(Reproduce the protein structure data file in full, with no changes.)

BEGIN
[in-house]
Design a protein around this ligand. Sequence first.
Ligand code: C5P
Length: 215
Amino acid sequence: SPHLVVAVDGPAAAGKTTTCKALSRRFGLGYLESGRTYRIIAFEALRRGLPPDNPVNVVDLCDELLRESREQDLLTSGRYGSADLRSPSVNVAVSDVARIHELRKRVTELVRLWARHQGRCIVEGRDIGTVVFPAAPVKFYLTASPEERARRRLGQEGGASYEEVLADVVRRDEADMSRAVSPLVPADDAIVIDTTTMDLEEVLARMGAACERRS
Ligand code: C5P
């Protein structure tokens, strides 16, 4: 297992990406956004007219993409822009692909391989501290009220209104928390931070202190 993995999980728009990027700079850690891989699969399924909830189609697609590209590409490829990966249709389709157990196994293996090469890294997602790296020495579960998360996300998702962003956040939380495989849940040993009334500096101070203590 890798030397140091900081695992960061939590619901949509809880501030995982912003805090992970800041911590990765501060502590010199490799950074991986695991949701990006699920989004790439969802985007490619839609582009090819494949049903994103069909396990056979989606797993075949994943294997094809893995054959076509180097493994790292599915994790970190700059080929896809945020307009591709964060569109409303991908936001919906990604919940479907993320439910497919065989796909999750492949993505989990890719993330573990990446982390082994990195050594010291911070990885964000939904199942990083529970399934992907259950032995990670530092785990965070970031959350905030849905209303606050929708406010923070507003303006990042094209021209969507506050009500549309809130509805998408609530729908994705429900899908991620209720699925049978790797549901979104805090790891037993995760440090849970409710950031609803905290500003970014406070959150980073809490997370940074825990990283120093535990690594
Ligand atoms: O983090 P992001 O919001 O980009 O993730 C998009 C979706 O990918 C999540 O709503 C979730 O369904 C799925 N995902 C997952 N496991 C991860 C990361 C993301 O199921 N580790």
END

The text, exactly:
[in-house]
Design a protein around this ligand. Sequence first.
Ligand code: C5P
Length: 215
Amino acid sequence: SPHLVVAVDGPAAAGKTTTCKALSRRFGLGYLESGRTYRIIAFEALRRGLPPDNPVNVVDLCDELLRESREQDLLTSGRYGSADLRSPSVNVAVSDVARIHELRKRVTELVRLWARHQGRCIVEGRDIGTVVFPAAPVKFYLTASPEERARRRLGQEGGASYEEVLADVVRRDEADMSRAVSPLVPADDAIVIDTTTMDLEEVLARMGAACERRS
Ligand code: C5P
């Protein structure tokens, strides 16, 4: 297992990406956004007219993409822009692909391989501290009220209104928390931070202190 993995999980728009990027700079850690891989699969399924909830189609697609590209590409490829990966249709389709157990196994293996090469890294997602790296020495579960998360996300998702962003956040939380495989849940040993009334500096101070203590 890798030397140091900081695992960061939590619901949509809880501030995982912003805090992970800041911590990765501060502590010199490799950074991986695991949701990006699920989004790439969802985007490619839609582009090819494949049903994103069909396990056979989606797993075949994943294997094809893995054959076509180097493994790292599915994790970190700059080929896809945020307009591709964060569109409303991908936001919906990604919940479907993320439910497919065989796909999750492949993505989990890719993330573990990446982390082994990195050594010291911070990885964000939904199942990083529970399934992907259950032995990670530092785990965070970031959350905030849905209303606050929708406010923070507003303006990042094209021209969507506050009500549309809130509805998408609530729908994705429900899908991620209720699925049978790797549901979104805090790891037993995760440090849970409710950031609803905290500003970014406070959150980073809490997370940074825990990283120093535990690594
Ligand atoms: O983090 P992001 O919001 O980009 O993730 C998009 C979706 O990918 C999540 O709503 C979730 O369904 C799925 N995902 C997952 N496991 C991860 C990361 C993301 O199921 N580790």